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We inter-breathe with the rain forests, we drink from the oceans. They are part of our own body. --Thich Nhat Hanh

Not Your Ordinary First Grade Ocean Project

--by Lisa Bennett, syndicated from ecoliteracy.org, Aug 14, 2013

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Every year, Joan Wright-Albertini, a first-grade teacher at Park Day School in Oakland, California, transforms her classroom into a virtual rainforest, a desert, or an ocean — whatever ecosystem interests her students most. But in recent years, she has also added to the months-long study of habitats an unusual, daring twist that has deepened both her students' understanding of their connection to the natural world and belief in their ability to help protect it. The story, which appears in the Center's book Ecoliterate: How Educators Are Cultivating Emotional, Social, and Ecological Intelligence, is illustrated through the photos below.

In a first-grade class at Park Day School, students spent several months transforming their classroom into an ocean habitat, ripe with anglerfish . . .

. . . octupi, coral, jellyfish, leopard sharks, and deep-sea divers (or, at least, paper facsimiles of them).

Each student selected one ocean creature to study in depth, and taught his or her classmates all about it.

They also shared what they learned with the entire K–8 student body. Then they presented to their parents during an evening event, after which some very determined students had to be gently dragged away as bedtime approached.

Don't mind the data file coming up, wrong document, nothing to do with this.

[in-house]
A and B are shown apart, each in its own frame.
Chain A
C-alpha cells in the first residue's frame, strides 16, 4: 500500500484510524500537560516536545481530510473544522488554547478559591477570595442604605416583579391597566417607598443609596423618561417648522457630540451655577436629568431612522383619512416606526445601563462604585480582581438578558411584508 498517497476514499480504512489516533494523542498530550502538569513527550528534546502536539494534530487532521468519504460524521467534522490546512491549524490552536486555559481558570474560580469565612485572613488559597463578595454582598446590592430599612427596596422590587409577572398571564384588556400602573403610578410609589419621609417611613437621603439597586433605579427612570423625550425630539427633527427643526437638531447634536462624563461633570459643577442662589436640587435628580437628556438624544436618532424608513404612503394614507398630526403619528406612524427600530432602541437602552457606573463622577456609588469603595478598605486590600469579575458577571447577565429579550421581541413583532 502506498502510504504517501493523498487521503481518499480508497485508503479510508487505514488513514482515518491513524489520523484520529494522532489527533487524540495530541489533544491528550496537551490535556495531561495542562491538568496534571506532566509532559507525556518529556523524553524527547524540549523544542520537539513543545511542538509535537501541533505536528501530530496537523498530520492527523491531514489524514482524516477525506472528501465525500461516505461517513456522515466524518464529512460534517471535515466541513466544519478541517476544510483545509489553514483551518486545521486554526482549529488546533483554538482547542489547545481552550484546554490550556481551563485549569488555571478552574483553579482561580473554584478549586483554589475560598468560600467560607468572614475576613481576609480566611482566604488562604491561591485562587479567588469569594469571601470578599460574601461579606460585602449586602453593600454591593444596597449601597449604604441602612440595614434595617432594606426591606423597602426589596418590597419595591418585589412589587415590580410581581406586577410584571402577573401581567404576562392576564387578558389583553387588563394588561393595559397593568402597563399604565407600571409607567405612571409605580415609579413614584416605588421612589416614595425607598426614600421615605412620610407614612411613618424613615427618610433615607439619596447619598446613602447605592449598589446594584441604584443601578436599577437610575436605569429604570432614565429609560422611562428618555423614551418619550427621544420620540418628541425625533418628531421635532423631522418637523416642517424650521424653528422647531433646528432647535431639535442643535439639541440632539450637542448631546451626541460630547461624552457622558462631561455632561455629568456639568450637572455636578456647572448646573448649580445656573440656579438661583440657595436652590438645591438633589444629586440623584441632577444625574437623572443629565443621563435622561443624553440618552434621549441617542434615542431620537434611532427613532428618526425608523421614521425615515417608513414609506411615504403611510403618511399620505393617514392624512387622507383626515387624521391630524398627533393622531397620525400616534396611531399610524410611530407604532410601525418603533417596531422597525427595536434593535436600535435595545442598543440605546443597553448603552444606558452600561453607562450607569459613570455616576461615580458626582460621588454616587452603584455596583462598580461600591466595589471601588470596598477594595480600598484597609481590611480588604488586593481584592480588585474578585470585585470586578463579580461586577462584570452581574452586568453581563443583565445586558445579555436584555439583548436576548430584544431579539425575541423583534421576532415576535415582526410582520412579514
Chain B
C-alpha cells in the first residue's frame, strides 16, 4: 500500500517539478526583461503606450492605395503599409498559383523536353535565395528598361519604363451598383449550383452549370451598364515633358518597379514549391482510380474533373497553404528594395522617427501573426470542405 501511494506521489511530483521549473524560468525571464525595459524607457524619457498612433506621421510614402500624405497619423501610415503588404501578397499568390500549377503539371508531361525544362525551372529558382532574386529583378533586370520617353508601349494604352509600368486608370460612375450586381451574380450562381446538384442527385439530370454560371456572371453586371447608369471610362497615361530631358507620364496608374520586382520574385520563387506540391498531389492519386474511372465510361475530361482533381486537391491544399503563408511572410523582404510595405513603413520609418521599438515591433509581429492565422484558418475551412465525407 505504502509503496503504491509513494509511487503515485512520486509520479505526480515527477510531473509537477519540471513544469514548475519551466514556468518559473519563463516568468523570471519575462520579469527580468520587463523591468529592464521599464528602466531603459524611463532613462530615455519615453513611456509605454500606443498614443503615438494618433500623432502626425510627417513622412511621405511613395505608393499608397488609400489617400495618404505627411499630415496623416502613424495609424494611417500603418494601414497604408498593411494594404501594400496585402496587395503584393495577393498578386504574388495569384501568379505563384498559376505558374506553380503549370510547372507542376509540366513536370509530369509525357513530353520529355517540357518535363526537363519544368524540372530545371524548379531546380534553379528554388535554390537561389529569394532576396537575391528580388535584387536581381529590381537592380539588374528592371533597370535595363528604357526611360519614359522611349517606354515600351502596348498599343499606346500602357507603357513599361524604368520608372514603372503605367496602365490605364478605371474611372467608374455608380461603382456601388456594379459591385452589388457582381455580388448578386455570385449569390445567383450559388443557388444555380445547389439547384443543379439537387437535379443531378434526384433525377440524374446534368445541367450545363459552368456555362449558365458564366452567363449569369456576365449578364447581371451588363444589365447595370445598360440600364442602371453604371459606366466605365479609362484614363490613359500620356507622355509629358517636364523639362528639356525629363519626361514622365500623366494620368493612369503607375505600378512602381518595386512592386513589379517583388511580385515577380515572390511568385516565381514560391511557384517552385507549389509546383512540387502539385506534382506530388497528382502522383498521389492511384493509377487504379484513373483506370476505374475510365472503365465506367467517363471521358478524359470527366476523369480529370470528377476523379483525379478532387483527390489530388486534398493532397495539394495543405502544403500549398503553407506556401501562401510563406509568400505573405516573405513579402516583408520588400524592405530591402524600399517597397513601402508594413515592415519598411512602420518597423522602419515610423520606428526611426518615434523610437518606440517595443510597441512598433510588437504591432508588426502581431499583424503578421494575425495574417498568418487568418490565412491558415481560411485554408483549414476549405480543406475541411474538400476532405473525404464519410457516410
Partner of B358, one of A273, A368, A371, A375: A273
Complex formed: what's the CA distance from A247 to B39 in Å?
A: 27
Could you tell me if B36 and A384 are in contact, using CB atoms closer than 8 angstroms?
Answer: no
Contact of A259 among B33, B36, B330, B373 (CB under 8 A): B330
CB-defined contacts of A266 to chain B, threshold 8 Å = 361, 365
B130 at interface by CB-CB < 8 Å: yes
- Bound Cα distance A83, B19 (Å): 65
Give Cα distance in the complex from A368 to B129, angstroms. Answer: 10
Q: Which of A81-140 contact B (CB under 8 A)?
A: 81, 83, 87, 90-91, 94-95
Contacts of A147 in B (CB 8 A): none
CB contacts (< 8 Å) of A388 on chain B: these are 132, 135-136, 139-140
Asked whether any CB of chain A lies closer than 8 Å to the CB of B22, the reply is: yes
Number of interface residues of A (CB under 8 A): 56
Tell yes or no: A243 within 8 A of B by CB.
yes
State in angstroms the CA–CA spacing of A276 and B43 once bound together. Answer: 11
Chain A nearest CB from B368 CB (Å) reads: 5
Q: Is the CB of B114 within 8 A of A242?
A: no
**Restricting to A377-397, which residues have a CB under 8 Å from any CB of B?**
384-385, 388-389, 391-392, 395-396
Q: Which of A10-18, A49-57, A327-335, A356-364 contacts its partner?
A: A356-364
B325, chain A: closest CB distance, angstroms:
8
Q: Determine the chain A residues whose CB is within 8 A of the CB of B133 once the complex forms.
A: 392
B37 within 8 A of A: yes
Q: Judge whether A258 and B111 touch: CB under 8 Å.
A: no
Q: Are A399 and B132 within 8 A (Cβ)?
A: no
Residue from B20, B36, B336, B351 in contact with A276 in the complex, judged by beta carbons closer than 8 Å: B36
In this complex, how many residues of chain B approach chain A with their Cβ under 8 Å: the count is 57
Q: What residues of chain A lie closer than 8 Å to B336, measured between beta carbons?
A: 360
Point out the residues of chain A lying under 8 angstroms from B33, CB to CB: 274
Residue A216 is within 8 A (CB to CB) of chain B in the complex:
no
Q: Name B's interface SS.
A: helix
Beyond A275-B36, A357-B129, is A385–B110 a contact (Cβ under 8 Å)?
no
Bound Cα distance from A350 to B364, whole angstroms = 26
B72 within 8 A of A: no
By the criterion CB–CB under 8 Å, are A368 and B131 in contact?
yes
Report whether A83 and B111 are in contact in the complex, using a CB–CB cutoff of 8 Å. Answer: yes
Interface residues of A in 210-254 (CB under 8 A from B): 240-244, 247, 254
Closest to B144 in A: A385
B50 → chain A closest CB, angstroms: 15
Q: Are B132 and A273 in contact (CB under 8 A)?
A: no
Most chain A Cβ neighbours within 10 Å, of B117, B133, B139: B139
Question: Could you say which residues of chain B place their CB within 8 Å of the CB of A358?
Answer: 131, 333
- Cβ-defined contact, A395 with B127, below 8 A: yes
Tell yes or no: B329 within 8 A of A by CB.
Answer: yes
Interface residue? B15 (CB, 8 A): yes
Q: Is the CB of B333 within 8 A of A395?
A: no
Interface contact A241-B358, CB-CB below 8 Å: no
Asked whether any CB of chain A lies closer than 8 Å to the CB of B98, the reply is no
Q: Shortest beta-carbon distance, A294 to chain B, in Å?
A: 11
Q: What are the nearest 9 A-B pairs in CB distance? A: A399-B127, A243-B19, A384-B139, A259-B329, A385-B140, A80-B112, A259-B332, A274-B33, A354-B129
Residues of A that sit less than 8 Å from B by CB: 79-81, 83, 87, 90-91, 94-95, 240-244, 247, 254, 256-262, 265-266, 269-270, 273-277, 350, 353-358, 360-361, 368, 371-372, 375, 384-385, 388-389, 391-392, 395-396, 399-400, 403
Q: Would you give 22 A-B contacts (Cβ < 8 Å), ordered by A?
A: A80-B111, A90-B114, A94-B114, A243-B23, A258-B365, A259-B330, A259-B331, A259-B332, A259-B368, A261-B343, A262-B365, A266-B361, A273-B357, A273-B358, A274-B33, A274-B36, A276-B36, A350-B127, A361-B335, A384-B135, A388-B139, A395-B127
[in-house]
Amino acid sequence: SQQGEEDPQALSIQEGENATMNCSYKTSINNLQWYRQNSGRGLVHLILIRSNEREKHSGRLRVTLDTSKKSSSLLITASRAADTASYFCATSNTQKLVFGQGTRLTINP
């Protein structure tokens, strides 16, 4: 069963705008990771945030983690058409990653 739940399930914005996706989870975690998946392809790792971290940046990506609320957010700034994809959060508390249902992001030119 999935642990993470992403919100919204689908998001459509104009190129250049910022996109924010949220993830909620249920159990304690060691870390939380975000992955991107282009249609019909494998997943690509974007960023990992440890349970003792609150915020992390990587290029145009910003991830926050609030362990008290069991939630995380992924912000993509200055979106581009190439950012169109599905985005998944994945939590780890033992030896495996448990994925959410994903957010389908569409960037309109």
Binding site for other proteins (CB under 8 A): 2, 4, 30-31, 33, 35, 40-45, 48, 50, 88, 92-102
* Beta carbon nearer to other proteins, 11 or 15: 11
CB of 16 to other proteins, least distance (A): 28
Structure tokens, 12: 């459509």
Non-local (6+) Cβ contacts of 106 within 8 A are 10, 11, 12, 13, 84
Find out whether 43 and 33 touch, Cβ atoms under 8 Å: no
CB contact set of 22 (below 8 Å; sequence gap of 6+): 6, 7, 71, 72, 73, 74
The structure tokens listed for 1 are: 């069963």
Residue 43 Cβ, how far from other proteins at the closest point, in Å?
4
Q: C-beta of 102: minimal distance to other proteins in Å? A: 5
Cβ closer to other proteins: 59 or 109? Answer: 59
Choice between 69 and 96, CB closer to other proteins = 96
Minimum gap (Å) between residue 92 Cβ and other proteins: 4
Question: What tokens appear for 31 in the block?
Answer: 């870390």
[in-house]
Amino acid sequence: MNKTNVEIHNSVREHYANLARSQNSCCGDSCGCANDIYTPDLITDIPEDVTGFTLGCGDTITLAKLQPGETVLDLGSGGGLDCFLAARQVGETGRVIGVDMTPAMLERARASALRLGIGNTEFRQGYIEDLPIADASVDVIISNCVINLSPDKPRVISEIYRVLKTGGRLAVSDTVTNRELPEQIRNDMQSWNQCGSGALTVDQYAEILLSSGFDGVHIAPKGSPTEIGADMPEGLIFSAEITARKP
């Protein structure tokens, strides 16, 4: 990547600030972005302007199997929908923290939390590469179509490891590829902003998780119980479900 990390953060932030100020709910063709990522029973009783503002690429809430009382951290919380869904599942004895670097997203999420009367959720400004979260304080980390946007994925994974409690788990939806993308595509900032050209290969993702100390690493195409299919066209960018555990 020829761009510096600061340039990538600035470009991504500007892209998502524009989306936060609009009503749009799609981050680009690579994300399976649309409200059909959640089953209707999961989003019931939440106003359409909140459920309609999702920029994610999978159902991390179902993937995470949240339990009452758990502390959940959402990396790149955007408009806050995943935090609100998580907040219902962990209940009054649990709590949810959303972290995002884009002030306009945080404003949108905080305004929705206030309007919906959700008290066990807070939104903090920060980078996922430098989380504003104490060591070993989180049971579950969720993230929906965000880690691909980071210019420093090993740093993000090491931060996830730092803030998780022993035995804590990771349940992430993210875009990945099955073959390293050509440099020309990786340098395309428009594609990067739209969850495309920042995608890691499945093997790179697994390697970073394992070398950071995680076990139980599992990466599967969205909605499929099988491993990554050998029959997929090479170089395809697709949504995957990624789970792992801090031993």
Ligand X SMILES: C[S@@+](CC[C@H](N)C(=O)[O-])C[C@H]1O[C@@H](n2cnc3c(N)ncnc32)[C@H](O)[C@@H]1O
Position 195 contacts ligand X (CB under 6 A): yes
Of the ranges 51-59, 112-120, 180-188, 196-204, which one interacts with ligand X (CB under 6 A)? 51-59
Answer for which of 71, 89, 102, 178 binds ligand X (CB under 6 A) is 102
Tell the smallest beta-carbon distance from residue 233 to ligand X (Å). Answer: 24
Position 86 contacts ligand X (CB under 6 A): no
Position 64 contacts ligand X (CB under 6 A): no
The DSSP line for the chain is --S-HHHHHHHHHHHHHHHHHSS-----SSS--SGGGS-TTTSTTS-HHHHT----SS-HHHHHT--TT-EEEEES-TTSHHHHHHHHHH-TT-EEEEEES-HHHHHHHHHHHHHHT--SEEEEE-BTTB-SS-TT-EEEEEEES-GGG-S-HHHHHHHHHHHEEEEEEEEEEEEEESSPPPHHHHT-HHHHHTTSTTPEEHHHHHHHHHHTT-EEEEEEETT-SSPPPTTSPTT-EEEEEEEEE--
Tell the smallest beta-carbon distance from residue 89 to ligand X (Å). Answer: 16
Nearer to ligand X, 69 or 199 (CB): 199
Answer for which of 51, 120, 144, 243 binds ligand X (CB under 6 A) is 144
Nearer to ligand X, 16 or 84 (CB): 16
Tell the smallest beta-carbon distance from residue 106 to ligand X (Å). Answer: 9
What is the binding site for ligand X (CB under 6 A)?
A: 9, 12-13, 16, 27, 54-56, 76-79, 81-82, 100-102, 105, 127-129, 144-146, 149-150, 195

The next morning brought something most unexpected. The room was dark, and a black substance covered the creatures they’d lovingly created. “There’s been an oil spill,” said their teacher, Joan Wright-Albertini.

The students were already familiar with oil spills — but even though this mock disaster was really created by stretching out black lawn bags, it felt personal, and they wanted to know more. After reading about how people clean up after an oil spill, students asked, “What can we do?” One boy suggested they put on their gardening gloves.

Then they got to work, completely restoring the mock habitat they had worked so hard to create.

When their work was done, they joined their teacher to discuss what they learned: why it was important to take care of nature, what they could do to help, and how the experience made them feel. “I could have cried,” Wright-Albertini says. “But it was so rich a life lesson, so deeply felt.” Indeed, she saw her students progress from loving the ocean creatures they had created to loving the ocean itself while gaining the knowledge that, even as six- and seven-year-olds, they could make a difference.


This article was originally published at the Center for Ecoliteracy and is reprinted here with permission. Lisa Bennett is communications director of the Center for Ecoliteracy (www.ecoliteracy.org) and coauthor of Ecoliterate: How Educators Are Cultivating Emotional, Social, and Ecological Intelligence. 



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